Our celebration of the solemn Easter Vigil, before this empty tomb, introduces us to the greatest mystery of our faith, a mystery that we experience in the various moments of this vigil: the Liturgy of Light, the Liturgy of the Word, the Baptismal Liturgy and the Eucharistic Liturgy. During this celebration, the Church proclaims the good news of the Resurrection, particularly through the Gospel text we have just heard.
This year we meditate on the evangelist Luke’s account of the Resurrection. It is typical of Luke to speak of the women who followed Jesus during his ministry. It was they who remained faithful to their Master until the end. When he speaks of the burial of Jesus, Luke says: "The women who had come with Jesus from Galilee followed Joseph and saw the tomb and how his body was laid in it. Then they went home and prepared spices and perfumes. But they rested on the Sabbath in obedience to the commandment." (Lk 23:55-56).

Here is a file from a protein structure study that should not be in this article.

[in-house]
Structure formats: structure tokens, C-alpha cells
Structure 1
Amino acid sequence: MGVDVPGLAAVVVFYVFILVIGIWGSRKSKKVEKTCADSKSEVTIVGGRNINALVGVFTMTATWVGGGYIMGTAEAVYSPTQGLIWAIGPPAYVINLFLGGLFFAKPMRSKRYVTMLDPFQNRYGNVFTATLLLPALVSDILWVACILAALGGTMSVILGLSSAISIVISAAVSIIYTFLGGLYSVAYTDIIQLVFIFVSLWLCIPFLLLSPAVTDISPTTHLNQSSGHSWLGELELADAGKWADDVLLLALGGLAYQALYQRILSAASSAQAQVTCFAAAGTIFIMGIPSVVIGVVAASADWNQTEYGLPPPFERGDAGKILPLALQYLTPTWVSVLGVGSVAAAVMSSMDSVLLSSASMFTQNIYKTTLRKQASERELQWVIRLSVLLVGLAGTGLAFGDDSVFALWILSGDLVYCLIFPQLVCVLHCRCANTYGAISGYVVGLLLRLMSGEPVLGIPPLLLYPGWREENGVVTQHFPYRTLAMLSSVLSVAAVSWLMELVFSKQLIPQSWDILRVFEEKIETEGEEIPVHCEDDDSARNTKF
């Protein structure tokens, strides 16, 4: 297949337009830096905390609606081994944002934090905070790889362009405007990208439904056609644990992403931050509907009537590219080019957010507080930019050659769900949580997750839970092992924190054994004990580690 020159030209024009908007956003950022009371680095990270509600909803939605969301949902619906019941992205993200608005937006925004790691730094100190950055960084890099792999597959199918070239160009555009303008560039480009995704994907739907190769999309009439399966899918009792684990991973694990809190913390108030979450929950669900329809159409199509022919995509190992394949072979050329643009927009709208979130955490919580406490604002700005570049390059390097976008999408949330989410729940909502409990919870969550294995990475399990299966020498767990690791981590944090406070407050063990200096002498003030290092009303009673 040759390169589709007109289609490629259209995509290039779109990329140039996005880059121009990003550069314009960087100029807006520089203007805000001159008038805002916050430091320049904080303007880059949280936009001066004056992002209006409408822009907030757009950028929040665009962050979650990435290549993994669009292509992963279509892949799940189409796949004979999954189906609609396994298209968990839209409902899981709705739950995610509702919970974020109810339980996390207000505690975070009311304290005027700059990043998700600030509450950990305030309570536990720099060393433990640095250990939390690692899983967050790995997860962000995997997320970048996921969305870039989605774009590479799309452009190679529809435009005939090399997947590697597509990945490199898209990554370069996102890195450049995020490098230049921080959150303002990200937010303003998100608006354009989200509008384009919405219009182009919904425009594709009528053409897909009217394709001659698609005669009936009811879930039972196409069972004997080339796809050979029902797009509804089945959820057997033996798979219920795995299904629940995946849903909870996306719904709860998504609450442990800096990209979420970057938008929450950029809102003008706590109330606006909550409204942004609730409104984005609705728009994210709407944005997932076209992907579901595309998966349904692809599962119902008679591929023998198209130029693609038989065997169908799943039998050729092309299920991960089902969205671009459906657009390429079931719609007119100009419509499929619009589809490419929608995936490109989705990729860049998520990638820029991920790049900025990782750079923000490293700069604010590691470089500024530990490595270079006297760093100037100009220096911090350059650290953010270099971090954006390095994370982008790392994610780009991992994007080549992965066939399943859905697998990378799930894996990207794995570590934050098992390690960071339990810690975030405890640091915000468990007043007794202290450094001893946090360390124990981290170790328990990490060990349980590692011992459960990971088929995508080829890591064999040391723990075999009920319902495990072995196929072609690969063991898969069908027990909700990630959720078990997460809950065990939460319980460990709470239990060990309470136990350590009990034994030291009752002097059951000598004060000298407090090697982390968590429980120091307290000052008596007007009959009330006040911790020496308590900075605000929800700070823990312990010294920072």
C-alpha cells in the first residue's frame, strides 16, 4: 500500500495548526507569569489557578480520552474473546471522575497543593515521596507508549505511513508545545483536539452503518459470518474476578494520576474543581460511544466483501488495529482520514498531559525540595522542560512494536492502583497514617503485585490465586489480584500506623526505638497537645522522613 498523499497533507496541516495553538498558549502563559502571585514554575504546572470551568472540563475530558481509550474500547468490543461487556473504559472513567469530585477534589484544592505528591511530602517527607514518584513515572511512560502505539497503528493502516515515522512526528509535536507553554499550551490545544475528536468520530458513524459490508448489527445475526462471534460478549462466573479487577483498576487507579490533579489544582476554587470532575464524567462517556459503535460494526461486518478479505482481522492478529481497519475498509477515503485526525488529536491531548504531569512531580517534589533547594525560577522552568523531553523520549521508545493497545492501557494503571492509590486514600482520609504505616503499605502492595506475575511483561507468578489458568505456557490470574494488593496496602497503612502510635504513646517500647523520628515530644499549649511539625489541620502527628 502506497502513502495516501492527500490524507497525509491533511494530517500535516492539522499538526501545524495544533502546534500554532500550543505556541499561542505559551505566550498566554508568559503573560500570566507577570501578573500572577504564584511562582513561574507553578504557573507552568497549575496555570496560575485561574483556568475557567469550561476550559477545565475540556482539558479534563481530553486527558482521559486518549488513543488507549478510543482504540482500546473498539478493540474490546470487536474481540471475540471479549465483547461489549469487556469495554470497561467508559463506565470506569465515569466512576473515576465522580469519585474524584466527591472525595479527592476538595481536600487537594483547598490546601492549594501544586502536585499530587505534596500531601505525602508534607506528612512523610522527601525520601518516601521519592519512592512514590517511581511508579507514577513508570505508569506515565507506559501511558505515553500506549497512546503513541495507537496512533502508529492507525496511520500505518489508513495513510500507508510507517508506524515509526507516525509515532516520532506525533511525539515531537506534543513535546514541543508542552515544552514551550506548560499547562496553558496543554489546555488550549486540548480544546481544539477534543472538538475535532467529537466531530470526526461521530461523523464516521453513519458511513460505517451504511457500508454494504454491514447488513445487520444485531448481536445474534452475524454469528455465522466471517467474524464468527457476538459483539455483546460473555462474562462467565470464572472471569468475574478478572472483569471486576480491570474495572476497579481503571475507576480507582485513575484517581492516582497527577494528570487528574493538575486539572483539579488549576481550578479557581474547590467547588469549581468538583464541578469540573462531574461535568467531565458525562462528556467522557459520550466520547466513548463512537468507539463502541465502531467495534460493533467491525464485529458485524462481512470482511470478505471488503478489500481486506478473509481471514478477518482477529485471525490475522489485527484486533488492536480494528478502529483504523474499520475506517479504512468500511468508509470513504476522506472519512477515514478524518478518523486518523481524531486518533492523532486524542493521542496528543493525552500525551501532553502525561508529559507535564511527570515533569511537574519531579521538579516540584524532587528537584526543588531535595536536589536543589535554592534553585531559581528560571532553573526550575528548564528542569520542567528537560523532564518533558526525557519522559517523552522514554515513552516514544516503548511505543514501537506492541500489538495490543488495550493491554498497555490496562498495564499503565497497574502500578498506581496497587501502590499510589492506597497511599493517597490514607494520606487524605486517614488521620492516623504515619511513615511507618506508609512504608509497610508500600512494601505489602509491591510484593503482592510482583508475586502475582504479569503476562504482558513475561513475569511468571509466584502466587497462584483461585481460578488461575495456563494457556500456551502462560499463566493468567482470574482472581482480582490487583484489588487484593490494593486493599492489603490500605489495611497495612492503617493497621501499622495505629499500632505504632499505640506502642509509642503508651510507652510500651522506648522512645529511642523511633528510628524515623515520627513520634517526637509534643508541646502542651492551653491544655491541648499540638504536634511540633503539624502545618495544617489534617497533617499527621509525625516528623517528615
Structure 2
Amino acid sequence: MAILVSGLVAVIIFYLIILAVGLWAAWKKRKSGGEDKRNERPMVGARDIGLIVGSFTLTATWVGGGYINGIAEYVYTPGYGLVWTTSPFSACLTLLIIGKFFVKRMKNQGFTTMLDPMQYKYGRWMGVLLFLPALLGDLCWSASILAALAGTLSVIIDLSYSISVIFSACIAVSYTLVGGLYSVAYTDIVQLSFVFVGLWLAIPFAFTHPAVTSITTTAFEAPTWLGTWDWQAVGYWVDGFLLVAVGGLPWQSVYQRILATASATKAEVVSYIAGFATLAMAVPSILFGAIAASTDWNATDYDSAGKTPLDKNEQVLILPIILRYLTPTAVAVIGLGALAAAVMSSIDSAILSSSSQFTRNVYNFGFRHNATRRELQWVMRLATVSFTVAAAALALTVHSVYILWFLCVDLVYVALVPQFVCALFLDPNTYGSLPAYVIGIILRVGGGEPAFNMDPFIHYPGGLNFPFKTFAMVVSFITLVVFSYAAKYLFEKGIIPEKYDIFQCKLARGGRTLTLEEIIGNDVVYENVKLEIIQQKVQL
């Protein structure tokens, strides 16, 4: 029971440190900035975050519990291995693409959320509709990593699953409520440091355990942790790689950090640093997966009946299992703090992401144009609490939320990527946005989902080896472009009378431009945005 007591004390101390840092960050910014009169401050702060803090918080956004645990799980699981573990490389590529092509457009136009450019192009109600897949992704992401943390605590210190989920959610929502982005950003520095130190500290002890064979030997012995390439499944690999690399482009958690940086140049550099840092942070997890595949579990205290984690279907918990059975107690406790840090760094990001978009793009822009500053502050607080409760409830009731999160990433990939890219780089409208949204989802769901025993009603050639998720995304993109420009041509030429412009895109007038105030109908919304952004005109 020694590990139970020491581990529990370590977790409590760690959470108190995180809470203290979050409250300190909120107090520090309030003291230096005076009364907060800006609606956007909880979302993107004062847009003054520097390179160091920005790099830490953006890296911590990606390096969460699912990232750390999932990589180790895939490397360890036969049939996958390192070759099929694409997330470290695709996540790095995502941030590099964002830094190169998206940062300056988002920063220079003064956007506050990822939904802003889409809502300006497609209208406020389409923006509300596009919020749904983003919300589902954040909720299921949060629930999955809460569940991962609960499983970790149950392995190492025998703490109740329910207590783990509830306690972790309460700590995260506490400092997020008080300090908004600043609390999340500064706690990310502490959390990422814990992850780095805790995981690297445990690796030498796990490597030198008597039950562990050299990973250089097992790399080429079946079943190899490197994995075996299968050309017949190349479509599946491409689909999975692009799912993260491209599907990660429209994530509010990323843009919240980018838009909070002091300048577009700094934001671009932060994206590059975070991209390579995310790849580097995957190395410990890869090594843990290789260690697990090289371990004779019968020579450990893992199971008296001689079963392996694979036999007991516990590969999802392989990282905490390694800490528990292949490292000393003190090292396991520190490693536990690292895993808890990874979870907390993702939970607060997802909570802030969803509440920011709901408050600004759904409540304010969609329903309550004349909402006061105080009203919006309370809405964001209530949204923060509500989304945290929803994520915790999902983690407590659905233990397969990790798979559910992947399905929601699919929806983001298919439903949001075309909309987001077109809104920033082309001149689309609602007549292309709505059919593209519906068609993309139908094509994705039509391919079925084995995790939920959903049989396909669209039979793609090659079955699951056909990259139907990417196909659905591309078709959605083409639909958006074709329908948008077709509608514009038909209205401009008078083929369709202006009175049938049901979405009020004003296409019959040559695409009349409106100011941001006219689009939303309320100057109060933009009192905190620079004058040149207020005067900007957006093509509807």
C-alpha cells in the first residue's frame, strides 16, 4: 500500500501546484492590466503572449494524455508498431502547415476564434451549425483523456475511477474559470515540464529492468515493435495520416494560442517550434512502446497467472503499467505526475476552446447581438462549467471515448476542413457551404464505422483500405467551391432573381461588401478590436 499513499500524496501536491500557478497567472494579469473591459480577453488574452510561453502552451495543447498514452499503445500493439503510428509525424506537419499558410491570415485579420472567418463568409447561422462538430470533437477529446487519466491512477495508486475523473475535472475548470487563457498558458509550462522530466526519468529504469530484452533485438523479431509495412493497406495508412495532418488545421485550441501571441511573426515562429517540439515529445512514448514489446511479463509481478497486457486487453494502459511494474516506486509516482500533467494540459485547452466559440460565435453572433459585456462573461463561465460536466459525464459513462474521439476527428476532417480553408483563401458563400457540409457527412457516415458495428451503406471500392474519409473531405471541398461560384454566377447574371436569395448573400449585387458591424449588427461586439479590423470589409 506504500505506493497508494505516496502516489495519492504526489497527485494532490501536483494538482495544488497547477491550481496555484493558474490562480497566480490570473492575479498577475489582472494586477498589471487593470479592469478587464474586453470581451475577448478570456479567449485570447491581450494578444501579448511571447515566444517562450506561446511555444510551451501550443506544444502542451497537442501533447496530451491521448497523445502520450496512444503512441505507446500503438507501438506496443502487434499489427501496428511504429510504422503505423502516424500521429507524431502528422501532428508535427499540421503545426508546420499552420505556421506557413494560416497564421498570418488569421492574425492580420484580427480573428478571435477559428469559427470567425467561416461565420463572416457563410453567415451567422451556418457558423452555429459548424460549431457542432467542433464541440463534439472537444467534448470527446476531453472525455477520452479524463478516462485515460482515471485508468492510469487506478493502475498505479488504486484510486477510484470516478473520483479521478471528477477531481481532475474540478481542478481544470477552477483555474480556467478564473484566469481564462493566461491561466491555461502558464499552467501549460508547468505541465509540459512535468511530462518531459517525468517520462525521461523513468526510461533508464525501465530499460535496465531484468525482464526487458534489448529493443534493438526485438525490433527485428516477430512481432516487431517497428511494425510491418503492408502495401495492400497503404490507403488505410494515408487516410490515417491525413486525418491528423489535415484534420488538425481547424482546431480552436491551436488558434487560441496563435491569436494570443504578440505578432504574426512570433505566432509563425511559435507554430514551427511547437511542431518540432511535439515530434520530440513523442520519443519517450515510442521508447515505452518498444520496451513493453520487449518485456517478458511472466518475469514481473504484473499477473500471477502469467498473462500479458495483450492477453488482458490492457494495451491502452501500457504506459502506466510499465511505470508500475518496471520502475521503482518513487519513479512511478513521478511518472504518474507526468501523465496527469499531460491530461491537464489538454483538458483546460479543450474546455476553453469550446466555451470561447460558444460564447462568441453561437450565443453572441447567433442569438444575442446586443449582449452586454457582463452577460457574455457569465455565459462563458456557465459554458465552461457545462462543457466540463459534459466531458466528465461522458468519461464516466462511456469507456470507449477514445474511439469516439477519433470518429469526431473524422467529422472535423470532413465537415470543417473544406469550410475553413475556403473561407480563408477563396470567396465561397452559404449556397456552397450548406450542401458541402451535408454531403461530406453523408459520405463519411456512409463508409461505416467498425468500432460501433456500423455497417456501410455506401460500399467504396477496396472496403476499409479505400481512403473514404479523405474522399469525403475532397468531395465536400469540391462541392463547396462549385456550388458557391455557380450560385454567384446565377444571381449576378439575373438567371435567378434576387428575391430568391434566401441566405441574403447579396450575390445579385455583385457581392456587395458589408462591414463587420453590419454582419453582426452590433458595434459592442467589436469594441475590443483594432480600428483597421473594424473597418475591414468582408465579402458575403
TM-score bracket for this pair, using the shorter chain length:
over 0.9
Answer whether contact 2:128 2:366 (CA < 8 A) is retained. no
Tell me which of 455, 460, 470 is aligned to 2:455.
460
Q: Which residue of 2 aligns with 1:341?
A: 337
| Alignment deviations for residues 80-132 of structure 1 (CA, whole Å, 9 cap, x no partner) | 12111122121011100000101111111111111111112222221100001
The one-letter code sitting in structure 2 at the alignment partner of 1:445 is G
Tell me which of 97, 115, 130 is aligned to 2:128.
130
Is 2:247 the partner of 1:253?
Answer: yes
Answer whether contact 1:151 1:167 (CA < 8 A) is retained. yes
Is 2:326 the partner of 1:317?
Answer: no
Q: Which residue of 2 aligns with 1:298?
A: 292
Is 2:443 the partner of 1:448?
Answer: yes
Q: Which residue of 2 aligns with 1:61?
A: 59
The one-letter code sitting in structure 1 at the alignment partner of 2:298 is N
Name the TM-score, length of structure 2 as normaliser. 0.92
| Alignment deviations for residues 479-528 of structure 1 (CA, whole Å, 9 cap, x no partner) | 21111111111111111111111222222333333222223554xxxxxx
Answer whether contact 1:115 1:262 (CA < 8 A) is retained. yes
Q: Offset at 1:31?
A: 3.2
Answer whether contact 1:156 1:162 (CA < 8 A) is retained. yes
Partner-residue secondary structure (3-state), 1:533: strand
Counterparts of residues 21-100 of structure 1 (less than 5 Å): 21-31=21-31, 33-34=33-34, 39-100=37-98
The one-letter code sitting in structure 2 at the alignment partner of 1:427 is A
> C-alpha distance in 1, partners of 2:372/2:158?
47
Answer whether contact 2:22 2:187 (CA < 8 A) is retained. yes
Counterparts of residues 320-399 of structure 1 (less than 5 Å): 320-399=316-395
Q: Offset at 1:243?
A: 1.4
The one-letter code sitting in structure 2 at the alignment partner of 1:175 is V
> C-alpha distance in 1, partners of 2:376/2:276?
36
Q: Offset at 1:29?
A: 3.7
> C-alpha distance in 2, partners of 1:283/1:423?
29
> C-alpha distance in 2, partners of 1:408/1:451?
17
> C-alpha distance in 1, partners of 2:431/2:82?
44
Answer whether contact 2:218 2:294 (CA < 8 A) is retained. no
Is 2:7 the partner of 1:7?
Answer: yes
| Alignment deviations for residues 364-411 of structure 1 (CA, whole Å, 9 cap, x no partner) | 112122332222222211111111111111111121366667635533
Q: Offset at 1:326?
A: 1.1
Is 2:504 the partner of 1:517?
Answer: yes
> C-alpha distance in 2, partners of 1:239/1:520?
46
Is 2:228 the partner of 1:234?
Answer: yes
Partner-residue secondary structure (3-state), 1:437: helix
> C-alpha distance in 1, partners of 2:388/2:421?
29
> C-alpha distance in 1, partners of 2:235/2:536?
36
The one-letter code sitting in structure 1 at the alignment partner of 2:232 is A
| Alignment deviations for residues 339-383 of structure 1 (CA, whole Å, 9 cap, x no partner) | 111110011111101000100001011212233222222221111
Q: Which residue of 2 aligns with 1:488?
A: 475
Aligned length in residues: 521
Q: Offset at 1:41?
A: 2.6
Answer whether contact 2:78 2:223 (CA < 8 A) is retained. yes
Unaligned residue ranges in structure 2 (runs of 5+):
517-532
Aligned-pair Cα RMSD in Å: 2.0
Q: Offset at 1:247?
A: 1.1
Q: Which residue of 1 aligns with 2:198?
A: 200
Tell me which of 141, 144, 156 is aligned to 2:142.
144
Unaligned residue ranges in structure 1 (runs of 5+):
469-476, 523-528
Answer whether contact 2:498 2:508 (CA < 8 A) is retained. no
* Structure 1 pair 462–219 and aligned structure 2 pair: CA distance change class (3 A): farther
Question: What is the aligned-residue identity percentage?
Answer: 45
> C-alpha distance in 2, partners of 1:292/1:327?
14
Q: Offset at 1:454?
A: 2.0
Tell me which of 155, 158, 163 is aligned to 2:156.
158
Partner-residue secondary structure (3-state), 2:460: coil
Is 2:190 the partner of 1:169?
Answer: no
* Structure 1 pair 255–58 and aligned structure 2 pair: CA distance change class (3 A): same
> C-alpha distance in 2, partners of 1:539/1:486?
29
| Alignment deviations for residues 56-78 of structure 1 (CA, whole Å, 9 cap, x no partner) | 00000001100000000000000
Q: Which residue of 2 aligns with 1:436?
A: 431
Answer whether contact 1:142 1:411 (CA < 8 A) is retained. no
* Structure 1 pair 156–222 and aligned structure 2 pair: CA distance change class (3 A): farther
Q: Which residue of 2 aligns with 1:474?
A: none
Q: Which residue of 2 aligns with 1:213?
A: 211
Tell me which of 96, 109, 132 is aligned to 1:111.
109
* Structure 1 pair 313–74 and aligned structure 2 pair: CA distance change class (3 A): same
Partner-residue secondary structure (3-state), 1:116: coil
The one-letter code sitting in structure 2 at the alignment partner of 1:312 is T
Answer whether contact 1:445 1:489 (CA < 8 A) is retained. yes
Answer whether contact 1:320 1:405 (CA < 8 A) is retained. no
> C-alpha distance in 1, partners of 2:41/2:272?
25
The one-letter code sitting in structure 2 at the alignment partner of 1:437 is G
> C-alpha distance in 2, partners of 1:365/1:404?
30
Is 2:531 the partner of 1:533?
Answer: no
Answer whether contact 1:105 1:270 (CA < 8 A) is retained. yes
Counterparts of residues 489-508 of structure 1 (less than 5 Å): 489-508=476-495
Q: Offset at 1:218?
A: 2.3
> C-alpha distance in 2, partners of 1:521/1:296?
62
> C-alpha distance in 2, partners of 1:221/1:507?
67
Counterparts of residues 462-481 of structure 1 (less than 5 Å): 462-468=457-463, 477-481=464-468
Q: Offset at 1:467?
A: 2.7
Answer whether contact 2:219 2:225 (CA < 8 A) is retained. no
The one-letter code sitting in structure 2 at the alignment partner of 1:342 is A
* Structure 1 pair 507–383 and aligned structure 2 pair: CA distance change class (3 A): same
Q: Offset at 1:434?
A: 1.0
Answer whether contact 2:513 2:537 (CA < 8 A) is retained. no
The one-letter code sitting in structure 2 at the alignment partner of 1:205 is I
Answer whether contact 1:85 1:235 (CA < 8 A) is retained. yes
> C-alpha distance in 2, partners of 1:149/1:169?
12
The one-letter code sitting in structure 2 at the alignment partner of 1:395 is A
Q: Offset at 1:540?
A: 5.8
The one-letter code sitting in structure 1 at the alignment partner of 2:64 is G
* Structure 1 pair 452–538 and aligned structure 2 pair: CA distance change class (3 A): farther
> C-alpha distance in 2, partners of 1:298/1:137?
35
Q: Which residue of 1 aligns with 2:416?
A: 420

Luke is very clear about the courage of these women. He makes them the first qualified witnesses to the event of the Resurrection. It was they, in fact, who were physically present not only during the Passion and crucifixion, but up to the very moment of burial, so that they could examine in detail the hastily manner in which Jesus had been buried. Then they returned to their homes, not only to mourn their beloved Master, but also to prepare the ointments for embalming after the end of the Sabbath. This is a gesture of care and attention, of love, that even death could not stop.
It is those same women, on the first day of the week, who discover the violation of the Tomb. Luke insists on their very human attitude; they are confused and disturbed at the sight of the open Tomb, and even more terrified at the sight of the two men who announce to them the event of the Resurrection. Despite their fear, however, these courageous women return to tell the eleven and the other disciples what they have just experienced. But they are not believed. The men, "did not believe the women, because their words seemed to them like nonsense" (Lk 24:11), to the point that Peter personally goes to verify the fact with the authority that belongs to him.